It was the middle of the coronavirus lockdowns and actor Ben McKenzie was out of work and depressed.
So McKenzie – perhaps best known for his role as heartthrob Ryan in the early 2000s teen drama “The OC” – curiously becomes a journalist, at least temporarily, thanks to an old friend named Dave.
The pal suggested McKenzie invest in cryptocurrencies, technology’s new-fangled twist on money that was the hot bet of the early pandemic days. Due to a bad experience with a previous tip from Dave – an ill-fated medical company – research was in order, and it wasn’t like McKenzie had anything else to do.
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That homework was an eye-opener for McKenzie, who got an economics degree from the University of Virginia before going into acting. He found crypto to be a wild industry filled with tall promises, crazy characters and a meek economic foundation.
This knowledge nudged the unemployed actor to team up with journalist Jacob Silverman on a quest to dig deeper into why an unproven and unregulated financial transaction system was creating immense wealth. The discoveries – including interviews with many of crypto’s leading proponents and critics – became a series of magazine stories, testimony before the Senate Banking Committee, and now “Easy Money: Cryptocurrency, Casino Capitalism, and the Golden Age of Fraud.”
This book is not simply a harsh criticism of crypto’s swift rise and sharp tumble. You see, McKenzie essentially sees no value in crypto. The book also puts this investment mania into its place among history’s grand economic bubbles. And it explores how the many inequities of the traditional financial world made crypto’s sales pitch alluring.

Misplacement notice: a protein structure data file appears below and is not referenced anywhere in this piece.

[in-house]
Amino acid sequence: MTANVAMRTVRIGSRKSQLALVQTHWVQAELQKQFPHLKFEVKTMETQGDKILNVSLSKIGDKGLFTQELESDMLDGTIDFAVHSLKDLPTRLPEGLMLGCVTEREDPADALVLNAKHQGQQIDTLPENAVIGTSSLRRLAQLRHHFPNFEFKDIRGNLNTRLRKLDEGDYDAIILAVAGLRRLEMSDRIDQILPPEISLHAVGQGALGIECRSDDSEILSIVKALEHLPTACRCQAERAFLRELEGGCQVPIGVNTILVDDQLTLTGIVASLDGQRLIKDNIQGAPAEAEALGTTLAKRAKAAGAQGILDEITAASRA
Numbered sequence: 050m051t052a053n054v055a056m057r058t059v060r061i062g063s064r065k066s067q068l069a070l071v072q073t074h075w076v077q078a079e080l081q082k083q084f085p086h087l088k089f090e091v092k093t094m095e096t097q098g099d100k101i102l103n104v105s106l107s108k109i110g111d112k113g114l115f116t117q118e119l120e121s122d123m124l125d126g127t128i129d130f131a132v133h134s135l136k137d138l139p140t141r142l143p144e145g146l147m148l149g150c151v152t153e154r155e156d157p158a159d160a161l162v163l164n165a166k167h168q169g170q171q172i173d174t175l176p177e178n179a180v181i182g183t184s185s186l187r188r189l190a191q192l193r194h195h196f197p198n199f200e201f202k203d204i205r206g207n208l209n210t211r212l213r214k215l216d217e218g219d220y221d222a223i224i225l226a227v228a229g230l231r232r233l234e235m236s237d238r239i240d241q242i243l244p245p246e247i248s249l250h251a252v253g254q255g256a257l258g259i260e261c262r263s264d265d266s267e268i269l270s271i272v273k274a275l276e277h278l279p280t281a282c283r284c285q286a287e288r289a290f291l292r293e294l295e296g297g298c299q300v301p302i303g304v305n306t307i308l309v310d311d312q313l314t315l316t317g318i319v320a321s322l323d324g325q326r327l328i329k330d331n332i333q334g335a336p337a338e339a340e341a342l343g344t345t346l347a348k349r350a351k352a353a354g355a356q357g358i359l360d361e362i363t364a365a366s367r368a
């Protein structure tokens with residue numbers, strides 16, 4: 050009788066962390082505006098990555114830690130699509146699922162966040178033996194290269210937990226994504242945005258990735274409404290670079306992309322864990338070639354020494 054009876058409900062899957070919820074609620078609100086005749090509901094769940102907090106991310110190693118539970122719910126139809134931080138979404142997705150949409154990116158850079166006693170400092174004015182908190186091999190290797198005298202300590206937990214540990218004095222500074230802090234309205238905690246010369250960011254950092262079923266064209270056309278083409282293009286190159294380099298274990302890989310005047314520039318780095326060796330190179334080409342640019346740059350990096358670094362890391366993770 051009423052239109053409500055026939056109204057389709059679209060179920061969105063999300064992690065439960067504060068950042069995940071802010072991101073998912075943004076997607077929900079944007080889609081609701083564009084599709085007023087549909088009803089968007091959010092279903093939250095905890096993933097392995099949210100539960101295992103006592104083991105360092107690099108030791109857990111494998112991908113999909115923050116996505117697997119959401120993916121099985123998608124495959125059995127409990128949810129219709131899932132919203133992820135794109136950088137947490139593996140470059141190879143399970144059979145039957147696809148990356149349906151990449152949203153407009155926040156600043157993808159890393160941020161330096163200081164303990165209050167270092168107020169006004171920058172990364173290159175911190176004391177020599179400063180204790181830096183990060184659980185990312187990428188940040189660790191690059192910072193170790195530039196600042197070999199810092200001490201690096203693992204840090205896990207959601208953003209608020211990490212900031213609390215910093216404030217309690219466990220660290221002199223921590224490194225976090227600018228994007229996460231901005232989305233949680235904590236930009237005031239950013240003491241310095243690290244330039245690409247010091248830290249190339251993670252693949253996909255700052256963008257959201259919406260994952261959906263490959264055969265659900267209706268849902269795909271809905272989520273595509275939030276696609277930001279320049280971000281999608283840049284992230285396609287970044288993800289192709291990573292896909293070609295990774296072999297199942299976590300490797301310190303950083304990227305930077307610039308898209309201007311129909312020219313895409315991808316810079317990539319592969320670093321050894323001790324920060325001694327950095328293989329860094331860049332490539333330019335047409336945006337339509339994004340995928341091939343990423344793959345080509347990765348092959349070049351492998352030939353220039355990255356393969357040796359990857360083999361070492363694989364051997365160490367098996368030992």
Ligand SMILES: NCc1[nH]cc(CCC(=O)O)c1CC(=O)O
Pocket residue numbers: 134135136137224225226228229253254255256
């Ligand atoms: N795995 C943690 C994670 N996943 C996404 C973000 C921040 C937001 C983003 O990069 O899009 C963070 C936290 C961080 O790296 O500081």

“You can manipulate people quite easily because they’re so predisposed to hate the regulated system,” McKenzie says.
This Q&A, edited for length and clarity, gives you McKenzie’s insight into the cryptocurrency rollercoaster.
Q. What do you think is wrong with crypto?
A. Crypto says they’re currency and they aren’t. You can’t buy anything with crypto. You can trade crypto and hope to cash out of crypto and then use the money to buy things. But that’s an investment.
So crypto is the future of money, even though it’s the past of money? It’s private money, but we’ve tried private money and it failed. Why? Because when companies issue their own money, what’s to stop them from defrauding you?
We all might have gripes with the government. But would you rather the government issue the money or … pick your least favorite corporation?
Q: Crypto does fit the anti-government/anti-institution mindset.
A: The timing was perfect because the Bitcoin “white paper” came out amid the subprime crisis of 2008. At that point, we hated banks even more than we normally do.
The story of crypto’s “peer-to-peer currency” is compelling. But that doesn’t work. Trust is what money is.
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If I wrote down “20 dollars issued by Ben McKenzie Inc.” and gave it to you, you’d probably throw it back in my face. If it says the United States government on it, that gives the paper its value.
Q: Crypto is digital money, no?
A: Crypto fans talk about digital money. I got it right here (McKenzie points to his cell phone). I use Apple Pay. So you’re not talking about digital money.